Motorola Xyboard: A better Android tablet
Wireless printing and video streaming set the Motorola Droid Xyboard 10.1 apart from the crowdFollow @MobileGalen
So far, few Android tablets have caught fire; arguably, only the Samsung Galaxy Tab 10.1 has made any impression with buyers. That sleek, iPad-looking tablet offers the basics for both personal and business users in a nice package, and it's remained at the top of the Android tablet hill since it debuted six months ago. Motorola Mobility's new Droid Xyboard -- an awkward name meant to evoke the villainous cyborgs of "Battlestar Galactica" fame (a disturbing motif, frankly, carried through in its startup screen) -- poses a serious challenge to the Galaxy Tab.
Like the Galaxy Tab, the Xyboard (first released in the United Kingdom as the Xoom 2) runs Android 3.2 "Honeycomb," the original tablet-optimized version of Android, but Motorola says it will be upgradable to the new Android 4 "Ice Cream Sandwich" later this year. Based on what Android 4 offers on a smartphone, I don't expect it to make the Xyboard or any "Honeycomb" tablet work dramatically different. "Ice Cream Sandwich" is very much based on "Honeycomb."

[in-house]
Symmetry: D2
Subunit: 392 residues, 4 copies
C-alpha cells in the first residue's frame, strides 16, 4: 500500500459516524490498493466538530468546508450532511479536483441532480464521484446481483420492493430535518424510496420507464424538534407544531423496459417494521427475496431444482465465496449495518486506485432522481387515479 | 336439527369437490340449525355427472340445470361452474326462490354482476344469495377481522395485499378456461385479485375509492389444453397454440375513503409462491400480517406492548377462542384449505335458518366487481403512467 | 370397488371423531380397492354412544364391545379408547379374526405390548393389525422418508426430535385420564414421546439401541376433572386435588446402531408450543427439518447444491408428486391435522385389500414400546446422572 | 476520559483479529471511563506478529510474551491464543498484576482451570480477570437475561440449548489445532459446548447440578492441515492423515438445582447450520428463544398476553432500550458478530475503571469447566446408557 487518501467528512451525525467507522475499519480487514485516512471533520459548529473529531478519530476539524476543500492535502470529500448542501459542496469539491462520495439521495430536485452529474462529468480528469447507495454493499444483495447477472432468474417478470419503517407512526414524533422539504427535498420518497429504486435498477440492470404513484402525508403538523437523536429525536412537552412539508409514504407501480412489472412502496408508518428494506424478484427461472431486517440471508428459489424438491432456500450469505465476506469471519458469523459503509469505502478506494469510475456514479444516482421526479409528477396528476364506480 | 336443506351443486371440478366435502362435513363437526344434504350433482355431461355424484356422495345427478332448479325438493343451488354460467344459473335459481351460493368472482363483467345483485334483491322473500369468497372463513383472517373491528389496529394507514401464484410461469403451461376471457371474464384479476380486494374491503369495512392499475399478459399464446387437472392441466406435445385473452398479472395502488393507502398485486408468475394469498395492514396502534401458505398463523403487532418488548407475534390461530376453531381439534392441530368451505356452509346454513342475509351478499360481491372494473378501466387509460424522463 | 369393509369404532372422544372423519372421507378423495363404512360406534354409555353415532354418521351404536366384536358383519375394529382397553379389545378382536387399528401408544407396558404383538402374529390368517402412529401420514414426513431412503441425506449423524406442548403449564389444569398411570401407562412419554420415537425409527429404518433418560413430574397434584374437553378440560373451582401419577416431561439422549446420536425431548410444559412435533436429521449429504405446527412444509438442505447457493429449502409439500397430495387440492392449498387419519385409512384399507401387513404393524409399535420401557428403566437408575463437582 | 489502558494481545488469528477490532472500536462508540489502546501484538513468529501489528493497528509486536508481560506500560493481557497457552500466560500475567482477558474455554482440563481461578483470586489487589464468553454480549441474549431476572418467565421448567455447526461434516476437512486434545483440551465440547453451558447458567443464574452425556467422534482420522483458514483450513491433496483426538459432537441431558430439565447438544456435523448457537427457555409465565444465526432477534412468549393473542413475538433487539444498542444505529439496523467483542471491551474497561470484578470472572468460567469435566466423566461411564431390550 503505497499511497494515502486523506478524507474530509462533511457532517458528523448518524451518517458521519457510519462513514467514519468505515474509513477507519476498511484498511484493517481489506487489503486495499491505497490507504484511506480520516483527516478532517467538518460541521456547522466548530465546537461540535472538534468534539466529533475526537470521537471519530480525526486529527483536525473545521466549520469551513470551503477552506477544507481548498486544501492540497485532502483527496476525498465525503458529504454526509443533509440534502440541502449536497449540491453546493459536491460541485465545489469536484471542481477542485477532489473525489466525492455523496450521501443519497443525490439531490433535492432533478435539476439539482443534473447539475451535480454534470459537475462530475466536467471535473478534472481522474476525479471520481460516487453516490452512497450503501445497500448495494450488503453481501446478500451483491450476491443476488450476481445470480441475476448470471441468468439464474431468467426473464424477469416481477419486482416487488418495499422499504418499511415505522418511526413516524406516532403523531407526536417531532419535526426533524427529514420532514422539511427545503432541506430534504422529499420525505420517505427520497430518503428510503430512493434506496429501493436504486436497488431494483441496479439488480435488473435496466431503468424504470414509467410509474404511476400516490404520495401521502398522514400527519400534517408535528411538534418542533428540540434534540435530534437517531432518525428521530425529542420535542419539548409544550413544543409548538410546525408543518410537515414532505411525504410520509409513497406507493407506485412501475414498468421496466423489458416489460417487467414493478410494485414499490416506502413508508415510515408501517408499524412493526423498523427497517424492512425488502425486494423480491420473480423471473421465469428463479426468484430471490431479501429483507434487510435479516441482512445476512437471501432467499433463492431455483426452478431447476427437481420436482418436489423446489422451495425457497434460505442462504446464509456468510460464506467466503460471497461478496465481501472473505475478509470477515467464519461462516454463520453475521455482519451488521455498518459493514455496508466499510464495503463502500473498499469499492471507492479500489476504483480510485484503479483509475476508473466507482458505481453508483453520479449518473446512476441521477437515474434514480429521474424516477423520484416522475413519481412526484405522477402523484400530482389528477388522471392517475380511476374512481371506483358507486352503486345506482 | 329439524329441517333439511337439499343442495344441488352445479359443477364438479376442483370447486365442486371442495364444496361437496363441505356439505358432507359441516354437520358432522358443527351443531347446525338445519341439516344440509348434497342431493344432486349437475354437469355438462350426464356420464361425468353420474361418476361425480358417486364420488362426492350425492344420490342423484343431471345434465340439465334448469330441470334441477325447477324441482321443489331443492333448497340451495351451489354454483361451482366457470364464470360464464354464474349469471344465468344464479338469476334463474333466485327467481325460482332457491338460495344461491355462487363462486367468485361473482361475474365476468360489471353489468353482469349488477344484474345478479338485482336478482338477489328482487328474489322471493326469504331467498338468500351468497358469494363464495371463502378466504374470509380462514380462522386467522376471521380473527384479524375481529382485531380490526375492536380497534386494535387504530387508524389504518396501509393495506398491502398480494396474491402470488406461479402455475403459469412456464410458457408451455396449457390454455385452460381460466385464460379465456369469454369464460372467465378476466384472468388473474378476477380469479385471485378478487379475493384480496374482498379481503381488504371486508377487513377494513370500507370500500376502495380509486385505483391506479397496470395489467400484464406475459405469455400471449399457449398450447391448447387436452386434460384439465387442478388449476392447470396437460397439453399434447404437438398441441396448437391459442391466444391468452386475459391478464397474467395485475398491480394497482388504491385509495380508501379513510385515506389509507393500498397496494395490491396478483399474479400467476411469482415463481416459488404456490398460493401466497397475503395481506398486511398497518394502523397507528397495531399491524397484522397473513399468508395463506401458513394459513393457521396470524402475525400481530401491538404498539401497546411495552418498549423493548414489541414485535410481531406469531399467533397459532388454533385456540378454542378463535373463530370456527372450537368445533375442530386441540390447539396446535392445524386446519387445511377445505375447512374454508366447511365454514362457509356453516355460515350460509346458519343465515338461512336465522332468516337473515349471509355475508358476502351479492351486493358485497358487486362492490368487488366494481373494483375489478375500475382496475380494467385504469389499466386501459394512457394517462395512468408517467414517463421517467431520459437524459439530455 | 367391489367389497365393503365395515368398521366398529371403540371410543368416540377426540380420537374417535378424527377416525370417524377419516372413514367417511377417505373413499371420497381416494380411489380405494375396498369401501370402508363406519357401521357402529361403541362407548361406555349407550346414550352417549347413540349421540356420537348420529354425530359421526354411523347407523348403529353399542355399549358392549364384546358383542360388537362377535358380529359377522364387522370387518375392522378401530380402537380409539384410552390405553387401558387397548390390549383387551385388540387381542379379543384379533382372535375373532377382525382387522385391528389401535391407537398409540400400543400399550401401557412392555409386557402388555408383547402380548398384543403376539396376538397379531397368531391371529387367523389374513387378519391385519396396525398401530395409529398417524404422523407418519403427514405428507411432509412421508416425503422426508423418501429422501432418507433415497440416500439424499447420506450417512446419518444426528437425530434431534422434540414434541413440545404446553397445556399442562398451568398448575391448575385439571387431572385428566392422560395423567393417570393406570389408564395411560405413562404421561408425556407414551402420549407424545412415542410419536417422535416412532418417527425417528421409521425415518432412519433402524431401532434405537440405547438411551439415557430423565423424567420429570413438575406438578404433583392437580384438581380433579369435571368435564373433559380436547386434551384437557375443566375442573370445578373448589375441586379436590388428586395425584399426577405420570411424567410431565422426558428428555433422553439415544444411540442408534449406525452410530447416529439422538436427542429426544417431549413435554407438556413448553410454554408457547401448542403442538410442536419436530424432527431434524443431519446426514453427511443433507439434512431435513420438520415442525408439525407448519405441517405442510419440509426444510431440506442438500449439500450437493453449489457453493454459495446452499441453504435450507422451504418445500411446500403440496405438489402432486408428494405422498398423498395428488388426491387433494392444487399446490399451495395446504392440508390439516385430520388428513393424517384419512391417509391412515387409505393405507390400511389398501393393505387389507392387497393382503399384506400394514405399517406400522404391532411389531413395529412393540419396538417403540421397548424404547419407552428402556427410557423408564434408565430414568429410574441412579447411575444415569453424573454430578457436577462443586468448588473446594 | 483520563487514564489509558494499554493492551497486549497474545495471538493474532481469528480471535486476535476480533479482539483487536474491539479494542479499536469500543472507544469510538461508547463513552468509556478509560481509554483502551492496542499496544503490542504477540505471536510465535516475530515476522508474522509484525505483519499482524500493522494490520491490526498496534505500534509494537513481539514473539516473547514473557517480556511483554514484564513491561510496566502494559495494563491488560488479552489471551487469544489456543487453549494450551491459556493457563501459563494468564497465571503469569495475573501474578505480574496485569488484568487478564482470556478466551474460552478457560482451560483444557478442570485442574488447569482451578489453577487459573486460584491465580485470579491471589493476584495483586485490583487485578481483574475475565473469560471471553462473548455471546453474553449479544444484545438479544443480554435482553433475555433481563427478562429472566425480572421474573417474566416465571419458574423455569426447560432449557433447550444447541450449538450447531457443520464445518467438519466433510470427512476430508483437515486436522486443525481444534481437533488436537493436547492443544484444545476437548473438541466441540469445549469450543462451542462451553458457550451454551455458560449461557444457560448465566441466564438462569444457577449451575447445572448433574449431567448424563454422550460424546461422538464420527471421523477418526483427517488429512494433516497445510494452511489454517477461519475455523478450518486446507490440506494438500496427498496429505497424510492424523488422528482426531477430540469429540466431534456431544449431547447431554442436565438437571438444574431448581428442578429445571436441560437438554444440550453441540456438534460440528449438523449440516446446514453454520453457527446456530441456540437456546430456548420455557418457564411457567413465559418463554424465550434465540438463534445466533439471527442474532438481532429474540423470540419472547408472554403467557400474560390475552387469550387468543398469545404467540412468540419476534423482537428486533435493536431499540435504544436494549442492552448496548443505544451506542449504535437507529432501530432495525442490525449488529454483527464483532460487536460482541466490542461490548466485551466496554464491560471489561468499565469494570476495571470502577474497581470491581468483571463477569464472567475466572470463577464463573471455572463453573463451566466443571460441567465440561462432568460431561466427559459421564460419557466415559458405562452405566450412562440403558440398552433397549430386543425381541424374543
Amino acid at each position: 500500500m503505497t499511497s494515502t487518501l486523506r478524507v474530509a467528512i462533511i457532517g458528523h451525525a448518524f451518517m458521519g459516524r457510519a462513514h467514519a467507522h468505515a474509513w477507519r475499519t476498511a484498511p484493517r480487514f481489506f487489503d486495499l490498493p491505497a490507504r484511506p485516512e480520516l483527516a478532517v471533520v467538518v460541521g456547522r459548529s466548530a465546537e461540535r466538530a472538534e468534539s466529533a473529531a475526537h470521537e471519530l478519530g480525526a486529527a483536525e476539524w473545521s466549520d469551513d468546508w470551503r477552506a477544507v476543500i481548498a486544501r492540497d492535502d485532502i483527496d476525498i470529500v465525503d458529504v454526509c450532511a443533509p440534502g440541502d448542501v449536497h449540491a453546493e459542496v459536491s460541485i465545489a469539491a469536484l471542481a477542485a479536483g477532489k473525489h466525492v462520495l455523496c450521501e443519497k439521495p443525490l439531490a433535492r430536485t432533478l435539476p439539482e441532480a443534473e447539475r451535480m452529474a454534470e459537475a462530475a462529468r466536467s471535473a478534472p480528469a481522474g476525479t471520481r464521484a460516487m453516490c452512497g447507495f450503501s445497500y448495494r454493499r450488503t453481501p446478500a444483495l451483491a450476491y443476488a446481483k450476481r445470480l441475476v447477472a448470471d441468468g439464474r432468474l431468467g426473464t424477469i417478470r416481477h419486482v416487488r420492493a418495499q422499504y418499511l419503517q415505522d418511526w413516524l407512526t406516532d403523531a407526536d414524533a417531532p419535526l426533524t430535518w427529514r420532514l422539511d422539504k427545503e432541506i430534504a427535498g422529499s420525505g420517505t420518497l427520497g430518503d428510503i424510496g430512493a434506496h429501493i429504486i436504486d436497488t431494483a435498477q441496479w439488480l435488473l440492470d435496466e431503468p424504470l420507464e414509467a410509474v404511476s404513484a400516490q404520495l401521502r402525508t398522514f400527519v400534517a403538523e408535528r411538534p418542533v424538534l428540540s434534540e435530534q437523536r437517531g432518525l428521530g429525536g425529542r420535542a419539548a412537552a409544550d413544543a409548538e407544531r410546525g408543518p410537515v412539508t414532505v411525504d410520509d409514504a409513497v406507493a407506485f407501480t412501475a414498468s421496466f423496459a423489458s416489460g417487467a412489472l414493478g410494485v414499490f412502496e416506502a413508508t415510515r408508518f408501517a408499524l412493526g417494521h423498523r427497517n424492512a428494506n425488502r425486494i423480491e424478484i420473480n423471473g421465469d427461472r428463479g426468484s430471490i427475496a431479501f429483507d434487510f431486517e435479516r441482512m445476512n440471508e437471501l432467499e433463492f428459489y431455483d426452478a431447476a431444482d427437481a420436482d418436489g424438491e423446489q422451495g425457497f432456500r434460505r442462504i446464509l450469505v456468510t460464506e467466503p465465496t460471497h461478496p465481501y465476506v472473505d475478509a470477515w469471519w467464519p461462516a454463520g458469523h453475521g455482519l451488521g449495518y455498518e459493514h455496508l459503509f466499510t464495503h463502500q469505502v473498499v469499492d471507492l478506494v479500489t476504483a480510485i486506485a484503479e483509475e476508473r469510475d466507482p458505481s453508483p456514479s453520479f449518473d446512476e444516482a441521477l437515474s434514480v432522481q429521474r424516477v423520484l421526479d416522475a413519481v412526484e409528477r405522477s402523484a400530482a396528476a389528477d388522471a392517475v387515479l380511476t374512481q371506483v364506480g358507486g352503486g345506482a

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What makes the Xyboard stand out? On the hardware side, it has a 5-megapixel rear camera, which is a cut above most tablet cameras, though the images it produces are just average. Perhaps mindful of Apple's litigiousness and success defending its design patents in the courts, the Xyboard has a unique, tapered bezel that looks nothing like an iPad, yet is comfortable to hold. The Xyboard also weighs about the same as an iPad 2. Plus, it comes with a nicely designed stylus for precise tapping.
Xyboard mixes business and pleasure
The Xyboard's lone hardware flaw is the unfortunate positioning of the Sleep/Wake button right next to the volume rocker. I often put the Xyboard to sleep when I reached to increase the volume. The Xyboard also comes with a built-in 4G radio for the Verizon Wireless network, giving you access to very fast cellular connections in areas that have 4G networks installed. (It uses 3G elsewhere, along with connecting to Wi-Fi LANs.) Verizon sells a version of the Samsung Galaxy Tab 10.1 with a 4G radio as well, so this is not a Xyboard advantage.
But not everything that makes the Xyboard worth a look is hardware. It has some software innovations too; one will appeal to business users and another to personal users. That dual focus, likewise shown in its mix of apps, qualifies it as a tweener tablet.